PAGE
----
How do the tech team monitor the platform?

Show Stopper 1: If there is not monitoring of the systems, there will be massive downtime, Don’t Invest!

 

I hope this list helps all non-techy investors be comfortable to positively challenge a tech team for a future investment.

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Turning Travel From A Necessary Curse to a Source of Balance and Pleasure

Travel is part of any executive’s life. When we reach a certain level of responsibility and seniority, it becomes essential to manage our teams across the world, to connect with clients, to manage shareholders and to expand our company’ global reach. 

Travel enables essential face to face connection, a great source of pleasure. After all, why are we in business if not to connect and build great projects with other people? Travel is both a great business enabler and the path to great connections. 

But it is also very disruptive in our lives on so many levels: 

Health 

Planes and trains all have terrible air.  

They are bug infested environments.  

They force us to sit in uncomfortable positions for hours.  

Plane/train food is dreadful microwaved CRAP with no nutritional value. 

Sleeping upright or at strange angles is NOT conducive to peaceful rest. 

Love 

You are away from your home base and loved ones. 

Let’s face it, no matter how nice hotel staff is, they don’t really care about you. 

In summary, travel is exhausting, sometimes very lonely and can be terrible for your health. 

So how can we fundamentally rethink business travel? Here are a few ideas I implemented at the worse of my travel in a fast growth tech company when I was at my peak of happiness in the firm and really balanced. 

Start the day with warm water and lemon followed by a healthy smoothie.

When I first started traveling, I followed the lead of my peers: "take the first plane available departing at 6 am to arrive for the first business meeting at 9 am". That means: 

1) Wake up at 4 am (which is really the middle of the night and you get so nervous about not hearing your alarm that you start waking up at 3 AM or even earlier);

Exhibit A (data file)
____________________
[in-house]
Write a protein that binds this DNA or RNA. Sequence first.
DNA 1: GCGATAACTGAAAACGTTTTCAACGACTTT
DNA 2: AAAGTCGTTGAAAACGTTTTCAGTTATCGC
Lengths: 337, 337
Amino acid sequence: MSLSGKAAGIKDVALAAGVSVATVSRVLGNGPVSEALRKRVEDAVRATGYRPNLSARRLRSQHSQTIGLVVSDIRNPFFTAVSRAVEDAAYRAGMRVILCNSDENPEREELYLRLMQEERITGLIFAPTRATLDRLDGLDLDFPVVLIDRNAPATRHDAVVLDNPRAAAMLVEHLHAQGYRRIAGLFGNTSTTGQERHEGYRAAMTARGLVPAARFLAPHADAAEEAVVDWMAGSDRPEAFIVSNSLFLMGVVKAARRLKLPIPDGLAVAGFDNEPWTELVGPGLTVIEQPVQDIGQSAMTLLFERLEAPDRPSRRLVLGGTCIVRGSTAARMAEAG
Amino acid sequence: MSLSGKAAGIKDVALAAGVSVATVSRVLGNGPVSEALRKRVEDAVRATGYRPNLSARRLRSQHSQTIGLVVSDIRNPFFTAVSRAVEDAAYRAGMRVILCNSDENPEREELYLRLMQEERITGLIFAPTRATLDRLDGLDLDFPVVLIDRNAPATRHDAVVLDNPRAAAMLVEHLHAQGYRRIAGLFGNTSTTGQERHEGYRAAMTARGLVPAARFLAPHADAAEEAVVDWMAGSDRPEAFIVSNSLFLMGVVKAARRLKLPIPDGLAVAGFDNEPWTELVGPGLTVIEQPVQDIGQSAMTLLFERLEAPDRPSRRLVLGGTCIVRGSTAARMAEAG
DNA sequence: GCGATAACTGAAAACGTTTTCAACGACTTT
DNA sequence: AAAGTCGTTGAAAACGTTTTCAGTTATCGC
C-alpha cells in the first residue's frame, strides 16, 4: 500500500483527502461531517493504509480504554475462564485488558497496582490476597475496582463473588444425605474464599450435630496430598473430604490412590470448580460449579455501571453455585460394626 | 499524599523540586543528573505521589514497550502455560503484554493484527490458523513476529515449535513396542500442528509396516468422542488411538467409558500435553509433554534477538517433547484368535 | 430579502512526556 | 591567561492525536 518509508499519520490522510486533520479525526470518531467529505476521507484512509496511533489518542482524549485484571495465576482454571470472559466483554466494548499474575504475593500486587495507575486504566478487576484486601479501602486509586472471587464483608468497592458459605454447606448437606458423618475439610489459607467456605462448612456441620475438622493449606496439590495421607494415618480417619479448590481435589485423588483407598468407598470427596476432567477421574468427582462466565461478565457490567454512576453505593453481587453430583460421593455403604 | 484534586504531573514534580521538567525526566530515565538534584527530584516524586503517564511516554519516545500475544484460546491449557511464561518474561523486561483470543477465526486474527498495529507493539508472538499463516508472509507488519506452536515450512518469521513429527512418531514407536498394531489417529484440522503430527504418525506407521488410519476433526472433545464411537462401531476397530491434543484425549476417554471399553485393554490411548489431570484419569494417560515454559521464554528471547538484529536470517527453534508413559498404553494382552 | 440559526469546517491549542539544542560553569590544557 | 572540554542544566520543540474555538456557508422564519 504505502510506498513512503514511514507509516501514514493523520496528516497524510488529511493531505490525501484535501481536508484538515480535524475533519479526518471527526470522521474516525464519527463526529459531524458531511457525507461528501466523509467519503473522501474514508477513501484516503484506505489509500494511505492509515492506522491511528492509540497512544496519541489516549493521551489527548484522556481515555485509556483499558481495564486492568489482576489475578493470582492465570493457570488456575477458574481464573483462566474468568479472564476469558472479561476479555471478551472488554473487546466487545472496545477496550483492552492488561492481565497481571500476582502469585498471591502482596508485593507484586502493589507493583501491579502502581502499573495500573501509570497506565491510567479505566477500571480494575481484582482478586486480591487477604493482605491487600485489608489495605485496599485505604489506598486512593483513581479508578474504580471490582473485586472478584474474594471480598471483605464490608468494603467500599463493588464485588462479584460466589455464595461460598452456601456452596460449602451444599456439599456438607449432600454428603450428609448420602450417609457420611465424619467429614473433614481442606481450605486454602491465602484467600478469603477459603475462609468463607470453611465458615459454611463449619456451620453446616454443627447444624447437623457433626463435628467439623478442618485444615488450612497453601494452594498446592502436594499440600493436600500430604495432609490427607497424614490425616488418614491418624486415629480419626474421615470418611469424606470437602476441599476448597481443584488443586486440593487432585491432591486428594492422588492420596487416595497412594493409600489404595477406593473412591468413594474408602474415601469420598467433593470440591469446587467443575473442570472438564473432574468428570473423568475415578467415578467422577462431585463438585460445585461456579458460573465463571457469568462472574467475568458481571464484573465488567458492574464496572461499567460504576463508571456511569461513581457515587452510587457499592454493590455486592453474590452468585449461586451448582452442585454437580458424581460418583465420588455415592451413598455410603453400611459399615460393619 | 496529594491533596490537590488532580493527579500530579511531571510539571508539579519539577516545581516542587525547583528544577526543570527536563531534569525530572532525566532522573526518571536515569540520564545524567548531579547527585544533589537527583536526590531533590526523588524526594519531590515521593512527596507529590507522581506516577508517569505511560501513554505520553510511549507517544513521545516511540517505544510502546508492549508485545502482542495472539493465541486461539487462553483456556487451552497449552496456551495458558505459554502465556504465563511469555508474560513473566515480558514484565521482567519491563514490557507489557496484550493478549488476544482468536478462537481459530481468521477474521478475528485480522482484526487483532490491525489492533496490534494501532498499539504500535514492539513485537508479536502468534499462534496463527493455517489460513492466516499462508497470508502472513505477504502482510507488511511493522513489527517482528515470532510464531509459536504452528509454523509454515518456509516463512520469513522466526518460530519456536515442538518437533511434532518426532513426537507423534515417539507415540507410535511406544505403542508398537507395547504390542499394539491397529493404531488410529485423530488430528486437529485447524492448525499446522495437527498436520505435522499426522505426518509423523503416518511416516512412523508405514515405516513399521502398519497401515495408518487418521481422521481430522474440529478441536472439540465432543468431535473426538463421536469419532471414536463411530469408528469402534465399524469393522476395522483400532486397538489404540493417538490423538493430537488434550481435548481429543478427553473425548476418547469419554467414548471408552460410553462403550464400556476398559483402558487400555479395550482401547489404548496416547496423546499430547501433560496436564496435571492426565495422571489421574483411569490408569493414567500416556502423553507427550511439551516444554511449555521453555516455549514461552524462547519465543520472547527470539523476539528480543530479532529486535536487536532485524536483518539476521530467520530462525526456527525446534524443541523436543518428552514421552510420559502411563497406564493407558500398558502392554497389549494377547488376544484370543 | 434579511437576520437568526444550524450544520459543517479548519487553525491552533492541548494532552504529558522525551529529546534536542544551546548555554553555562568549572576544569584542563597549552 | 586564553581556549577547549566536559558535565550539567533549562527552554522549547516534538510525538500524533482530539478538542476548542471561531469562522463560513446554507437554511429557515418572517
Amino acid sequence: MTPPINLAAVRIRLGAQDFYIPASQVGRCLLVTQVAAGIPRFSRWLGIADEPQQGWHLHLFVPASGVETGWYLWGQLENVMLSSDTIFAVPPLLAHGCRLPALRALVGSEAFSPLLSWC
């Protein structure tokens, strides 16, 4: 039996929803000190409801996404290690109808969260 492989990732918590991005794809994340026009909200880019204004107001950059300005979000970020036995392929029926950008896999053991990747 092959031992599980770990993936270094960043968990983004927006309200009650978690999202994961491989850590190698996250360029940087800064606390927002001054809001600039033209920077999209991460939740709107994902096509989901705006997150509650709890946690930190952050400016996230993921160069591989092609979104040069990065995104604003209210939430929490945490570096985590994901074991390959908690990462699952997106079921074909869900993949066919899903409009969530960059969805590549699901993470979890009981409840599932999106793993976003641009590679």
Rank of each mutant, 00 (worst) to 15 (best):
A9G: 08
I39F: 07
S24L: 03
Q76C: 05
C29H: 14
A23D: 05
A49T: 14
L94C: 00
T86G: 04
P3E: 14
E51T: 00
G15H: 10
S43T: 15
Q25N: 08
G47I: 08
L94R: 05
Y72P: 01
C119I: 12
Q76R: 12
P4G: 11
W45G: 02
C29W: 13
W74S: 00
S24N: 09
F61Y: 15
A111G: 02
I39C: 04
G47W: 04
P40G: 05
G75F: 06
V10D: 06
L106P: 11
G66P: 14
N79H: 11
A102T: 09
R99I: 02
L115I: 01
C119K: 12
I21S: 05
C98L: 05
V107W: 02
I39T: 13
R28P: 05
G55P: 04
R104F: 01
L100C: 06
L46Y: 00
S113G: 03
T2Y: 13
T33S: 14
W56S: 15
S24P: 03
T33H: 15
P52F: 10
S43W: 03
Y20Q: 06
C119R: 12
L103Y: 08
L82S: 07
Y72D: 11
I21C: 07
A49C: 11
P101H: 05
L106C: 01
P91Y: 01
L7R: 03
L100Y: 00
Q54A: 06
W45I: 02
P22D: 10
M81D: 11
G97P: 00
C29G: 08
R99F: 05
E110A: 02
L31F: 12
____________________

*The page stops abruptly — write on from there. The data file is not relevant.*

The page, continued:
2) Rush in the dark into a taxi to make it on time for the 5 AM security check; 

3) Get on the plane and eat a terrible tasting microwaved pastry, the worse instant coffee, and immediately get a terrible stomach ache; 

4) Land with an acid festering bloated stomach, exhausted, cranky and confuse. Grab a muffin and latte at the airport to give you energy.  

In those conditions, you are supposed to be in top form to meet a new customer or motivate the troops! But your performance is on par with how your body feels.  And your body is feeling terrible! It's full of processed food and bad sugar. It's deprived of sleep, of water, of essential nutrients, of pleasure and of exercise! 

How many negotiations, business deals have suffered due to physical deprivation and lack of focus on their business executives?

Isn’t it better to start the day at a normal hour with a warm water and lemon, followed by a healthy smoothie? Why not share breakfast with your family, then go to the airport, ignore the plane food entirely and arrive at 11 am for your first meeting? Will the 2 hours lost not actually be a productivity gain? My experience has proven so. 

Enjoy your time abroad  

Another accepted practice of business travel is to pack 18 hour days since we are not with our loved ones. We typically work twice a normal work day and book a hotel as close to the office as possible so that we can leave at 11 pm (having woken up at 4 am that morning), walk 5 minutes and just have room service whilst finishing emails. 

The impact: no time off for your brain or body and food digested whilst sleeping which will guarantee another bad night sleep. 

And then we repeat this experience until we rush to the airport to get home. We inevitably get sick on the flight and spend the weekend "recuperating and surviving”  because we are completely worn out.